It was never intended to apply to journalist’s records.
Similarly, the letters go on to inform the reporters that the FBI intends to get an order for production of records under the Electronic Communication Transactional Records Act, a statute that applies only to ISPs. Citing that law, they insist that the journalist is mandated to preserve records for at least the next three months and possibly longer. This demand is all the more egregious in that it comes more than a year after the articles and interviews first appeared — after any actual Internet logs would have been routinely deleted.

THERE’S MORE: The Reporters Committee for Freedom of the Press is now weighing in on the FBI’s calls.


Monday, September 29th, 2003

In recent years, the priests of the Pentagon have developed a new orthodoxy: network-centric warfare. That’s the notion that every infantryman, every pilot, every drone and every general will share everything they see and hear over an Internet for combat. It’s become the unquestionable centerpiece of the U.S. military’s vision for its future.
On the eve of Gulf War II, Defense Tech highlighted a couple of heretics, who weren’t sure network-centric fighting was such a great idea. Now, Aviation Week reports, more of these thinkers are emerging.
Yale professor Charles Perrow notes that sharing information at all levels could easily lead to generals micromanaging battles.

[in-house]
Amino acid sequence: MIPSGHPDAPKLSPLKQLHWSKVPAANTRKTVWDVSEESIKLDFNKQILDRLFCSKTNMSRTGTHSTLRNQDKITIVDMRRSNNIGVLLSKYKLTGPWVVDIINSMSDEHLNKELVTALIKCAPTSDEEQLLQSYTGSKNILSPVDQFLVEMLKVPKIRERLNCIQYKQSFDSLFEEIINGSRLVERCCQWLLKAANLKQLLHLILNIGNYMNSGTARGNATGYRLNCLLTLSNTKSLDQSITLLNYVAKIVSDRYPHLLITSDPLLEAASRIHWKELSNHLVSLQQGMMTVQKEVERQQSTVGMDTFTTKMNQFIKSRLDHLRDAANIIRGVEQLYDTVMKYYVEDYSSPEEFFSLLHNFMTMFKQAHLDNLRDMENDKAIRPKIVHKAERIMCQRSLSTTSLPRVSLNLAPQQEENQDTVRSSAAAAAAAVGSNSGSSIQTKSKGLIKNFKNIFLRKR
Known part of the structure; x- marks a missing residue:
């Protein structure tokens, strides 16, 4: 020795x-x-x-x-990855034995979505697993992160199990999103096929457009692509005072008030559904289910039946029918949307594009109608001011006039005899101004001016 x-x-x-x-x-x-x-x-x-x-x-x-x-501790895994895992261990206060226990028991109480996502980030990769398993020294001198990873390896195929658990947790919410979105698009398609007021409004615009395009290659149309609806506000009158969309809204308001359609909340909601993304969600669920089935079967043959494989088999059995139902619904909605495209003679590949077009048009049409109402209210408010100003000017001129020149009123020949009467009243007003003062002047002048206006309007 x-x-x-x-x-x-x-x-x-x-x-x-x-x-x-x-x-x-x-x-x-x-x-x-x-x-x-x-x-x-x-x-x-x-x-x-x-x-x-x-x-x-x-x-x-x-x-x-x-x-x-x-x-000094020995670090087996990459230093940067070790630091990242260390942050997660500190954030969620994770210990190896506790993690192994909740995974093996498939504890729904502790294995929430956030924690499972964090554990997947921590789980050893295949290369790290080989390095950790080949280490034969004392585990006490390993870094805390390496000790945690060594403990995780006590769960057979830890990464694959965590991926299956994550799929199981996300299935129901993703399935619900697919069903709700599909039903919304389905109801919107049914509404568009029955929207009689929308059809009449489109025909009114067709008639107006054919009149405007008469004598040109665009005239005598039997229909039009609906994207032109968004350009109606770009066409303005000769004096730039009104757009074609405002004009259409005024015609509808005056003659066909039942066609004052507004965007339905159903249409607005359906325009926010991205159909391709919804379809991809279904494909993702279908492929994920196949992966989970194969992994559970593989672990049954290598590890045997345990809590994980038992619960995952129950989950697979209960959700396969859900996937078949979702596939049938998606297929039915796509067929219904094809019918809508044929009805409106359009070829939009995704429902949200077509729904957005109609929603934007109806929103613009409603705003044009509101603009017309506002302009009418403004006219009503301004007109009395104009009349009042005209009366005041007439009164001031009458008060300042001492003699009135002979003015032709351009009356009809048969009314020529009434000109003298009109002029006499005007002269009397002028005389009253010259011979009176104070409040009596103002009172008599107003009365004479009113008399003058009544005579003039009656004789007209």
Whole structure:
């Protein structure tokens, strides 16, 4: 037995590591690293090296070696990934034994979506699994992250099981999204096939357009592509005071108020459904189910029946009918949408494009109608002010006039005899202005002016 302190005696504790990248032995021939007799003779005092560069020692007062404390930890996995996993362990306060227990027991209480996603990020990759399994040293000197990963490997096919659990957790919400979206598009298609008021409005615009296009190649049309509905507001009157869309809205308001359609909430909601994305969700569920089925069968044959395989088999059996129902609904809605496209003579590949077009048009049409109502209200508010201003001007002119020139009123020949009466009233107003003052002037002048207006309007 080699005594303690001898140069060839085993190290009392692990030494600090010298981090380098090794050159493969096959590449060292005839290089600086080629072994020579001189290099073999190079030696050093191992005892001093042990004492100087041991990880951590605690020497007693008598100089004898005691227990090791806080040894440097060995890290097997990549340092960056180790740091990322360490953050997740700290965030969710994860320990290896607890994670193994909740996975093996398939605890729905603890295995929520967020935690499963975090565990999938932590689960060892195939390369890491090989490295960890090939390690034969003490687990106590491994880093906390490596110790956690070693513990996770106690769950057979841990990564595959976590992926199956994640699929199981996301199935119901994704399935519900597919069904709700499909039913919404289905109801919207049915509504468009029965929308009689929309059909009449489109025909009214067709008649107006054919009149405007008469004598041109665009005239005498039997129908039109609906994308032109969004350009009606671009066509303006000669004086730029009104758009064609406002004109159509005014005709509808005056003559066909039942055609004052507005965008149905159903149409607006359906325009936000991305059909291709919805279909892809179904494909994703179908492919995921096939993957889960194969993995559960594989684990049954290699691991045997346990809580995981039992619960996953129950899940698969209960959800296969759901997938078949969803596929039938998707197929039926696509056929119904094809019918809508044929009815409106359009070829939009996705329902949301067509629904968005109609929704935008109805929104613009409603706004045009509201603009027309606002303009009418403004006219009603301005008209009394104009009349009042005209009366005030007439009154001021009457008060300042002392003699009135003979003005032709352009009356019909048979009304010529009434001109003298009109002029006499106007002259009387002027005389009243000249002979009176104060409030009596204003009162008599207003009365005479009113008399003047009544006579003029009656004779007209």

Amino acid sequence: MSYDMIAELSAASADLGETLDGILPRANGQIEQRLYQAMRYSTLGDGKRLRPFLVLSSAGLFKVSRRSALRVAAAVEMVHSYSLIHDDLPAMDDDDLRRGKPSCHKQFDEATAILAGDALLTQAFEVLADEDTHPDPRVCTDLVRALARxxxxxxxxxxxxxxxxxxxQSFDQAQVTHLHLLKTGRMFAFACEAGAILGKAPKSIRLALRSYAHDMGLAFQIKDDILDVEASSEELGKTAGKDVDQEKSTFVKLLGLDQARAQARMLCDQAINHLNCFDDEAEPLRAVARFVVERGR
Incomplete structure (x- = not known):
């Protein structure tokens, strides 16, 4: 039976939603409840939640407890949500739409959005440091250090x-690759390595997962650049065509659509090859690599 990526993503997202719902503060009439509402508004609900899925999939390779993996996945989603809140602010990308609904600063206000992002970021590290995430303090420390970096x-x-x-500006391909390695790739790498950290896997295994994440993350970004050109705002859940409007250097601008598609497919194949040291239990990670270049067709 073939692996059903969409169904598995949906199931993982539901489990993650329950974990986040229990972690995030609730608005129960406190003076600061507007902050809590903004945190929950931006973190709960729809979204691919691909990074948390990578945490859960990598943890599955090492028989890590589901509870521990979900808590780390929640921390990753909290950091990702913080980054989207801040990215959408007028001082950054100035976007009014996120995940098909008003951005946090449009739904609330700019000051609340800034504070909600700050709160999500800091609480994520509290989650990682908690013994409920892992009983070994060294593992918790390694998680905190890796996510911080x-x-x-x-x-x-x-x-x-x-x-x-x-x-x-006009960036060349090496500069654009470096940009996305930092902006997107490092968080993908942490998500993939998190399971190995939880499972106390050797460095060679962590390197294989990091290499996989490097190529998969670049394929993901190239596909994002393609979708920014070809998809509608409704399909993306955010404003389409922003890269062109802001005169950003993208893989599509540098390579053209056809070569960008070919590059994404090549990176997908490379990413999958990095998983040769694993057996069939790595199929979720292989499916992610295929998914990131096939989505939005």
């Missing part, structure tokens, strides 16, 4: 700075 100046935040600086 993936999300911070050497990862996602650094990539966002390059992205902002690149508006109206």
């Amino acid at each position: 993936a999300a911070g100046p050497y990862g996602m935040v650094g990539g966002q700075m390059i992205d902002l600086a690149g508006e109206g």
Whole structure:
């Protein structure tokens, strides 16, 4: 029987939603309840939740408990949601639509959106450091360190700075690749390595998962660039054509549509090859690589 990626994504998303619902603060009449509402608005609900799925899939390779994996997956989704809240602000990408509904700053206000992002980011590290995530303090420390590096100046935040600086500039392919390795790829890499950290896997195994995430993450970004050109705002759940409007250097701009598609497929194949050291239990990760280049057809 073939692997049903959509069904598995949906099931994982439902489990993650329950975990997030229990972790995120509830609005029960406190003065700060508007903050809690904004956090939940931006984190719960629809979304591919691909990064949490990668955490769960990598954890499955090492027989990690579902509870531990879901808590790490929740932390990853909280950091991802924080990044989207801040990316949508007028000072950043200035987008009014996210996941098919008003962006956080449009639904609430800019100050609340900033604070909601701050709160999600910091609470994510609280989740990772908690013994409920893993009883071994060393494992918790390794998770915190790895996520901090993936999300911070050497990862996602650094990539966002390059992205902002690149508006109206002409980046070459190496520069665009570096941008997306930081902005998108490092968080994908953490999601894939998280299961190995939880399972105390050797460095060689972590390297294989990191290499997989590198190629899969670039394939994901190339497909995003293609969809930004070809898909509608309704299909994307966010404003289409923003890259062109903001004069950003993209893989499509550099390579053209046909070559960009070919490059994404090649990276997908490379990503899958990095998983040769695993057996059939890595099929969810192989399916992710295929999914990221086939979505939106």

“It isn’t difficult to envision the fog of war being replaced by the fog of systems,” he writes.
Defense analysts Loren Thompson, with the Lexington Institute, says both the U.S. and her adversaries will have access to Internet technology.
“This means enemy forces will be able to use it themselves, and they will understand how the U.S. employment of networks can be used against U.S. forces.“
Network-centric warfare proponents seem oblivious to the vulnerabilities they themselves might create, he adds. The Navy, for example, isn’t requiring that its systems withstand an electromagnetic pulse.
“We are acting like the danger doesn’t exist at the same time we are pursuing similar [anti-electronics] weapons,” Thompson told Aviation Week.


Saturday, September 27th, 2003

The fear of flying wasn’t some abstract, idle concern for Joshua Gruber. It was as tangible as the pile of concrete and steel and flesh and ash, smoldering at Manhattan’s southern end on 9/11, the day he was in the North Tower of the World Trade Center.
But flying home to California for Christmas on JetBlue — his first cross-country trip after the tragedy — made the whole thing easier to take. The staff seemed like human beings, not corporate automatons. The planes were brand-new. Best of all, as he flew, Gruber could watch the Food Network on his own private television screen.
“You’d sit down, watch Food TV, and, before youd know it, youd be there,” Gruber said. “It made it easier to fly after September 11 to have that distraction.“
Although the airline is known for its cheap fares, he added, “I’d pay more to fly JetBlue. I had, in fact. And I had encouraged my friends to try it.“
All of which makes JetBlue’s decision to hand its passenger records over to a firm doing a government terrorist-screening study even more maddening to Gruber.
“It made it sort of like I had been betrayed by a friend, rather than by a big company,” he said.
Businesses sell, trade, and swap their customers’ data with each other all the time. That’s why every product registration card includes information about income, age, occupation. That’s why web-based companies even privacy-savvy ones like TerraLycos (which owns Wired News) — “will sometimes share personally identifiable information with third-party companies and organizations.“